This will be draft No. 3 in the rebuilding process, one that will hopefully mark the last time Cleveland will be picking in the high lottery for a while.
To prepare for the draft, one must have an understanding of what the Cavs are working with.
First, let's take a look at what draft picks they own and where they'll likely fall.
Draft Pick Status
The Cavs still hold the rights to both of their own first- and second-round picks. With a record of 16-35 as of February 9th, this would have the Cavs picking around No. 4 overall, which would also mean one of the first picks in the second round.
The Heat's pick will likely fall toward the end of the first round, with Orlando's being at the front end of the second round. Thanks to a trade with the Los Angeles Lakers at the trade deadline last year, Cleveland has the option to swap the Heat and Lakers' picks, as long as Los Angeles makes the playoffs this season.
Since the Lakers are struggling this year with a record of 24-27, it's possible they may miss the playoffs and the Cavs won't get the choice to switch picks. If they do manage to pull things together and sneak into the postseason, they certainly won't have a sparkling record, and therefore will have a pick somewhere between 15 and 20.
When all the dust has settled, a complete pick list for the Cavs could look like this:
Technically, the Cavs could also gain an additional first-round pick if the Sacramento Kings make the playoffs or are the first team out, and technically, Luke Walton could still make the Hall of Fame.
Since neither are going to happen, we can assume this is what the draft pick list will look like.
Draft Pick Usage
With an average player age of 24.5, the Cavs own the third-youngest roster in the NBA.
Who honestly thinks they'll want to add four new rookies to this mix?
Much like last year when they went into the draft with four picks, look for the Cavs to pull off a trade at some point involving their picks.
The Cavs used their late first-round pick and two second-rounders to move up to No. 17 overall to select Tyler Zeller in 2012. Zeller has started 24 of 46 games for the Cavs, posting averages of 9.2 points, 7.1 rebounds and 1.3 blocks per game as a starter.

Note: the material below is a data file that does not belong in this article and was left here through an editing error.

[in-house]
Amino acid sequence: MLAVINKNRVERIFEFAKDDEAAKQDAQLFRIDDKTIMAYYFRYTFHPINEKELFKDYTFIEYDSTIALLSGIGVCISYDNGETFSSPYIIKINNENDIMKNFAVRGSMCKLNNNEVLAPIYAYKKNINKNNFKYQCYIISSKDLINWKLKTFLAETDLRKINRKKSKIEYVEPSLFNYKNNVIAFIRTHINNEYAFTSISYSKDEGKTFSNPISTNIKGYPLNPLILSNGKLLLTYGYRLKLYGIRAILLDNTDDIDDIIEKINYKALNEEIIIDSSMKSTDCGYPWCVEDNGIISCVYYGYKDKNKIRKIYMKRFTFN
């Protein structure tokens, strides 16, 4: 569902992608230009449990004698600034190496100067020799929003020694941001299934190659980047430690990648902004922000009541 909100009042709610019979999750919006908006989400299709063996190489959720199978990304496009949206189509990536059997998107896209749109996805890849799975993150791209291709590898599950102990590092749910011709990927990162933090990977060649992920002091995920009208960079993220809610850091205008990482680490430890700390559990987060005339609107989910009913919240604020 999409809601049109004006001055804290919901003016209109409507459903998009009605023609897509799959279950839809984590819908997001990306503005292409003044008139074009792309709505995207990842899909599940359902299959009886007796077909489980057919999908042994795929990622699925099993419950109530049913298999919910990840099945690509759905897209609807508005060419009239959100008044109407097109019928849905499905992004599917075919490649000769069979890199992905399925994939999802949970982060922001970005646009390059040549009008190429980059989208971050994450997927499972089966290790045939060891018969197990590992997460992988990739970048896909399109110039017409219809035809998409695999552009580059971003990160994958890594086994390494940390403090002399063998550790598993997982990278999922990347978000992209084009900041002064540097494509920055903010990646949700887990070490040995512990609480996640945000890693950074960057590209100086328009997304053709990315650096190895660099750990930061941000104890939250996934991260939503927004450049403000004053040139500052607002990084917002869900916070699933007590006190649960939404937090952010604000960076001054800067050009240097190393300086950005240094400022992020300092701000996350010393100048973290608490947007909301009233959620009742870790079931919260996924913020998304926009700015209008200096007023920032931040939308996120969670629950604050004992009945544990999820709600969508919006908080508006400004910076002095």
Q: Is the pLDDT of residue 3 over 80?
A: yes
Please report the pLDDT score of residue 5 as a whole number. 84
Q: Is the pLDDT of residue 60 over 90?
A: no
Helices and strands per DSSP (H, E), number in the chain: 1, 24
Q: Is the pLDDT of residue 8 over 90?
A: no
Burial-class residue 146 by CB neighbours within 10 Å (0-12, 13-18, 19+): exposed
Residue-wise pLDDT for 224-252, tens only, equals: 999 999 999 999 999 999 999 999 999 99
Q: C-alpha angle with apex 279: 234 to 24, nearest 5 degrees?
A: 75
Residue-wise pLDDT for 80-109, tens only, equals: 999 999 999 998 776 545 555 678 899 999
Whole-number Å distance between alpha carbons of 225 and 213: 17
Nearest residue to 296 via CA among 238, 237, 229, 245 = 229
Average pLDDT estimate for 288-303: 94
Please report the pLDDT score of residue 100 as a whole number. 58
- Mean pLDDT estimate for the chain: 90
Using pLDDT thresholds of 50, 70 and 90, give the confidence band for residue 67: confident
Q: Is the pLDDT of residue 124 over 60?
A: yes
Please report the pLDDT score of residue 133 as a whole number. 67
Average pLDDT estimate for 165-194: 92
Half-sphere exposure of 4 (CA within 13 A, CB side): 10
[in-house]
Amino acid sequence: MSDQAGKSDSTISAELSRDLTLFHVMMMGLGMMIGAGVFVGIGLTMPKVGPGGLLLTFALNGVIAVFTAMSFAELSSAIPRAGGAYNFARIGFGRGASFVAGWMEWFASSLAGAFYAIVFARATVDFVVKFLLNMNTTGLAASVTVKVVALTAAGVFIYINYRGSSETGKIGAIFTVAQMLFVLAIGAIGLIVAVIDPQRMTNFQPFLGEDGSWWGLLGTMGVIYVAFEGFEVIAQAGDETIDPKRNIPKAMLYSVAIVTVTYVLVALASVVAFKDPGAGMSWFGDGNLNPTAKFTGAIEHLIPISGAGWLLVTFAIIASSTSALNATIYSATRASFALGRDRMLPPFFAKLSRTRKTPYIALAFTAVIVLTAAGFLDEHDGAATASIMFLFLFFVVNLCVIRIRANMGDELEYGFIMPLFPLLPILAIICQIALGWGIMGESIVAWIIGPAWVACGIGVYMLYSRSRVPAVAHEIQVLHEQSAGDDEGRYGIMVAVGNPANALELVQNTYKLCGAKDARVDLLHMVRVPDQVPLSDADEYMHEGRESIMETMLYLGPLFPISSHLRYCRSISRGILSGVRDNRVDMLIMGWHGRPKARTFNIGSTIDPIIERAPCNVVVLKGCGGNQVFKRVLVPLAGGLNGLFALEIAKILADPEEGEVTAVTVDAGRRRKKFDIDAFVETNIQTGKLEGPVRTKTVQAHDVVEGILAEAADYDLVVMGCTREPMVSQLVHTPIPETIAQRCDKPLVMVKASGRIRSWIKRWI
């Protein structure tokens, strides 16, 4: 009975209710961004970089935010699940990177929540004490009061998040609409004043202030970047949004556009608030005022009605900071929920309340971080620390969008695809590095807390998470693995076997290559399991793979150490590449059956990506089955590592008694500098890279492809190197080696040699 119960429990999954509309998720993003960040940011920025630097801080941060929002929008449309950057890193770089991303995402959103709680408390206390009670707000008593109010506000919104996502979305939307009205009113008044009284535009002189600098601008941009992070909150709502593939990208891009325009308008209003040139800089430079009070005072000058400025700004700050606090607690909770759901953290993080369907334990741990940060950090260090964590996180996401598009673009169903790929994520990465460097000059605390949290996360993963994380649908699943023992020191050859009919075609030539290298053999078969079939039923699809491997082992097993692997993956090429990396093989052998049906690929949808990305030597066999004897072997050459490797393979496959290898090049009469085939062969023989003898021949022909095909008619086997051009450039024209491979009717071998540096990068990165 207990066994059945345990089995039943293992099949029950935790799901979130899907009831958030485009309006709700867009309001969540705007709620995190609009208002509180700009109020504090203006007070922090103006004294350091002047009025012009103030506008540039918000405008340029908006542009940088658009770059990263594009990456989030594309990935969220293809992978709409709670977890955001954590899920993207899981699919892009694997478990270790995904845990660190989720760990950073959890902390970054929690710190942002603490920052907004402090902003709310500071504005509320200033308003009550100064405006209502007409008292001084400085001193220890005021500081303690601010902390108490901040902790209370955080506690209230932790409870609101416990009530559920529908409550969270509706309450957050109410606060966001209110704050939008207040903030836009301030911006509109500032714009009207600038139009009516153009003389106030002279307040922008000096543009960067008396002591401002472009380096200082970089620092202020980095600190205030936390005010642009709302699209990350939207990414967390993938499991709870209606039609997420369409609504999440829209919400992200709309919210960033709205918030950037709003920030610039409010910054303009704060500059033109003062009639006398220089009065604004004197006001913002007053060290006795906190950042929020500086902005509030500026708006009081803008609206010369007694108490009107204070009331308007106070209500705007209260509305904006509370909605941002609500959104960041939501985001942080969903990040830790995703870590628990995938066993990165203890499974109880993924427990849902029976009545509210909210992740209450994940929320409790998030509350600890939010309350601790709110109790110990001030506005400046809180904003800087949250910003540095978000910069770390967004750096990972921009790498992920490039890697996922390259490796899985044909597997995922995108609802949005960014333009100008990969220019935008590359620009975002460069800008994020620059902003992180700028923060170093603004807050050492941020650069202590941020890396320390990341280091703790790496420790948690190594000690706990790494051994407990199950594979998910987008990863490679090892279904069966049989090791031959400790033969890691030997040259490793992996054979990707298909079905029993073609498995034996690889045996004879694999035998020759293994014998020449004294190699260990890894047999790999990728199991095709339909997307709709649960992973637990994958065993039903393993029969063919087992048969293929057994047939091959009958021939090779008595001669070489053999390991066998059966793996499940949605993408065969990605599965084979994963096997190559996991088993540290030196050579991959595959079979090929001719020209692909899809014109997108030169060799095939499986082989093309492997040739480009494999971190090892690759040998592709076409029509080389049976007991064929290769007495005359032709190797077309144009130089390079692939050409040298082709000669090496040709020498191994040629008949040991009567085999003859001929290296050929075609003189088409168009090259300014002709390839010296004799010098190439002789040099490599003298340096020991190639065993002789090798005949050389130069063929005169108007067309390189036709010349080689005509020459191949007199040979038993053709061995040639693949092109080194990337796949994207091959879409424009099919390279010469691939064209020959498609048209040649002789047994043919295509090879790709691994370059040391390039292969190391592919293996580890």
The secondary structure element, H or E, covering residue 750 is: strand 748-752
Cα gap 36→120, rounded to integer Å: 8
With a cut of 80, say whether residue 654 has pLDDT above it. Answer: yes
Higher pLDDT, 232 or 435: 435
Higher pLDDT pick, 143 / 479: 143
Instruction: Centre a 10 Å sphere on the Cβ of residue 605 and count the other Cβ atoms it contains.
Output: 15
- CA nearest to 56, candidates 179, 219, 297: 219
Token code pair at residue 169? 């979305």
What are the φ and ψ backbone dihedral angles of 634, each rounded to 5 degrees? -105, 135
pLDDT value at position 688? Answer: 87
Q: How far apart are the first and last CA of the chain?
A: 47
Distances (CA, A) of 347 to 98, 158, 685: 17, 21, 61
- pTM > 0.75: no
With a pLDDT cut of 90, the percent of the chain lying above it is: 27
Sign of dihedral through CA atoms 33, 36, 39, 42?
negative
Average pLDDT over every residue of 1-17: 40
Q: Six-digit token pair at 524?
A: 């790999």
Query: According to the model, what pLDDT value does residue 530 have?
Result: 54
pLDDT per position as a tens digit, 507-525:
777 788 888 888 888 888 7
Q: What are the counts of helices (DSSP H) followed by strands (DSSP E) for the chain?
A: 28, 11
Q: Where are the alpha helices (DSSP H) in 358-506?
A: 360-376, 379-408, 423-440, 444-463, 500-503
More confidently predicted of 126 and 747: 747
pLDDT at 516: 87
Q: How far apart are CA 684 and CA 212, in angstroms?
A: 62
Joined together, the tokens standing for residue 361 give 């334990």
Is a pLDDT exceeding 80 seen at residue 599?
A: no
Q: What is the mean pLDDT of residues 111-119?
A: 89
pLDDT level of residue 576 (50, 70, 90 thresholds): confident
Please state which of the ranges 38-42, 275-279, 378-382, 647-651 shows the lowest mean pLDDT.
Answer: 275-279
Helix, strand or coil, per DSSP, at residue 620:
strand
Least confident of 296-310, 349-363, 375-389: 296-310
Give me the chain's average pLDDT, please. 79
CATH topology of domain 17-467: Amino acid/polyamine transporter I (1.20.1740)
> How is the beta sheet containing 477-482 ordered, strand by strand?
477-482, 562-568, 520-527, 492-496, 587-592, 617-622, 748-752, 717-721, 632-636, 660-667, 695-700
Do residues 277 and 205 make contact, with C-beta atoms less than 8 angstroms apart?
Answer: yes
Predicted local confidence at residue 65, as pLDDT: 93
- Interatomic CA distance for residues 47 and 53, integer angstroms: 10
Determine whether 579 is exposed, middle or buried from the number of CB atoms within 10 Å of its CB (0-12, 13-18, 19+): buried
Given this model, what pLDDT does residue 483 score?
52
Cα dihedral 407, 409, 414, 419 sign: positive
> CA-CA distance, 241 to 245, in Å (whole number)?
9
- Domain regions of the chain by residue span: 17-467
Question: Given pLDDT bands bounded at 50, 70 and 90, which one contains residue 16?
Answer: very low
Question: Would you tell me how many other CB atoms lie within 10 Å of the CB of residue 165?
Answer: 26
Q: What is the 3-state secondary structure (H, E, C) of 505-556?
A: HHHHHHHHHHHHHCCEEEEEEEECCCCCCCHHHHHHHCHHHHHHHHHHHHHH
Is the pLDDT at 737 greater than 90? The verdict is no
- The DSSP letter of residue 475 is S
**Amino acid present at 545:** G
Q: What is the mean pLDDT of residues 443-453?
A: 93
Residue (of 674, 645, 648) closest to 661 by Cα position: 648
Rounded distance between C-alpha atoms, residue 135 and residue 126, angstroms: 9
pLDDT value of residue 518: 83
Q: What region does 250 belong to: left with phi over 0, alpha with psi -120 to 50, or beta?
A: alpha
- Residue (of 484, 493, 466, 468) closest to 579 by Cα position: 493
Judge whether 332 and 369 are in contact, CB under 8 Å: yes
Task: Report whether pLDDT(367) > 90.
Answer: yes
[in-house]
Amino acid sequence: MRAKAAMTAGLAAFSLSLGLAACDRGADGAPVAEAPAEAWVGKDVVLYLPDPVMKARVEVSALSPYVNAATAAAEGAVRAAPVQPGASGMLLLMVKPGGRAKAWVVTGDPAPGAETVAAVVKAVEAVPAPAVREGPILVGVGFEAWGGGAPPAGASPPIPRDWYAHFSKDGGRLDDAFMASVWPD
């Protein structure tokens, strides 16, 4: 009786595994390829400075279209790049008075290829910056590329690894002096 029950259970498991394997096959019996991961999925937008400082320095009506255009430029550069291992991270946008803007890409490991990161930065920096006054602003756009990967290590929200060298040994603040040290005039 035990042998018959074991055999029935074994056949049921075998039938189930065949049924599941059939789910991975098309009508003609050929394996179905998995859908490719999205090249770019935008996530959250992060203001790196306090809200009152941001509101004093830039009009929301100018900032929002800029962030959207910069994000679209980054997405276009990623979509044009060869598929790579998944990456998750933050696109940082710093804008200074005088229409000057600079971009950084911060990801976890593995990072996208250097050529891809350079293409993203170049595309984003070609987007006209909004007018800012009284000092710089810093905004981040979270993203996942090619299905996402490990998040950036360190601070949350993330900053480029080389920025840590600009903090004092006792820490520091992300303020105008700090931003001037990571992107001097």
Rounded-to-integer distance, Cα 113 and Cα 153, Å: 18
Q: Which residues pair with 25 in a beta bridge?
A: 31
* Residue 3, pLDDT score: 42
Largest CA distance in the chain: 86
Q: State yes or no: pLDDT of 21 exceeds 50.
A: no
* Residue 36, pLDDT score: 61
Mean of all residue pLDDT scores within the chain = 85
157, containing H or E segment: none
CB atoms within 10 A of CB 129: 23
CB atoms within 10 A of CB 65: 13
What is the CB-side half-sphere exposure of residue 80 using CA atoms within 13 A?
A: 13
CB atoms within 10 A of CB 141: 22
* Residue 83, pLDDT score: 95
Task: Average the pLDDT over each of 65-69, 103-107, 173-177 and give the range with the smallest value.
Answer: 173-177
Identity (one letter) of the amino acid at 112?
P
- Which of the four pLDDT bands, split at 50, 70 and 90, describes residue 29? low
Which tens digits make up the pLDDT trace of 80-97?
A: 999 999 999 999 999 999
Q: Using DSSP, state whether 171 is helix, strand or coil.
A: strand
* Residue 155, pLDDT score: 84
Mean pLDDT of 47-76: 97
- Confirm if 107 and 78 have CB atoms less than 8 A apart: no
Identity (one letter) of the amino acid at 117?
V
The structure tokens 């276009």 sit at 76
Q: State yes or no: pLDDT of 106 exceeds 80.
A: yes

Cleveland should once again look to move up in the draft if possible. If they can somehow work the two early second-rounders and mid first-rounder into another top-10 pick, the Cavs could have their best overall draft thus far in the rebuilding process.
Another option would be to trade draft picks for established talent. I'm hesitant to say "veteran" talent, as they should either be looking to add players in their prime or about to hit it. Plenty of teams would love to swap players and money for draft picks, and the Cavs should have four in the top 34 picks alone.
The only for sure thing when it comes to draft pick usage is that the Cavs will hold on to, and use, their own first-round pick to add another franchise centerpiece.
Top Draft Pick Candidates
Speaking of franchise centerpieces, this draft should hold at least a few of them.
Unlike last season, no one player has really separated themselves as a lock to go first overall. Here are some of my favorites for the Cavs to take with their first-round pick so far:
Shabazz Muhammad, SG/SF, UCLA
Great scorer who looks the part of a pro already. Long wingspan gives him incredible defensive potential as well. One of the best high school players in the nation last season; it's hard not seeing him turning into a star in the NBA.
Nerlens Noel, C, Kentucky
Another super freshman, Noel is a shot-blocking machine inside. He's nearly seven feet tall with a 7'4" wingspan and incredible athleticism.
He still has to develop his offensive skills and add some muscle, but there might be too much potential to pass up. Cleveland is dead last in the NBA with a measly 3.7 blocked shots per game. Noel blocks 4.6 shots by himself. This could be a good fit.
Alex Len, C, Maryland
Len is another true center that the Cavs could definitely use. He's a legit 7'1" with great length and hands. He runs the floor very well and has some solid post moves. It might take a year or two extra to develop since he's still fairly new to the American game, but the wait could very well be worth it.
The Cavs are once again loaded with picks thanks to general manager Chris Grant. While some of these could be moved during this month's trade deadline, it's likely the Cavs will still have all four come June.
Look for Cleveland to deal at least two of the picks in an effort to cut down on incoming rookies, and maximize the draft position or incoming talent with the picks that they do decide to keep.
Whatever they decide to do, it should be another successful draft for the Cleveland Cavaliers.
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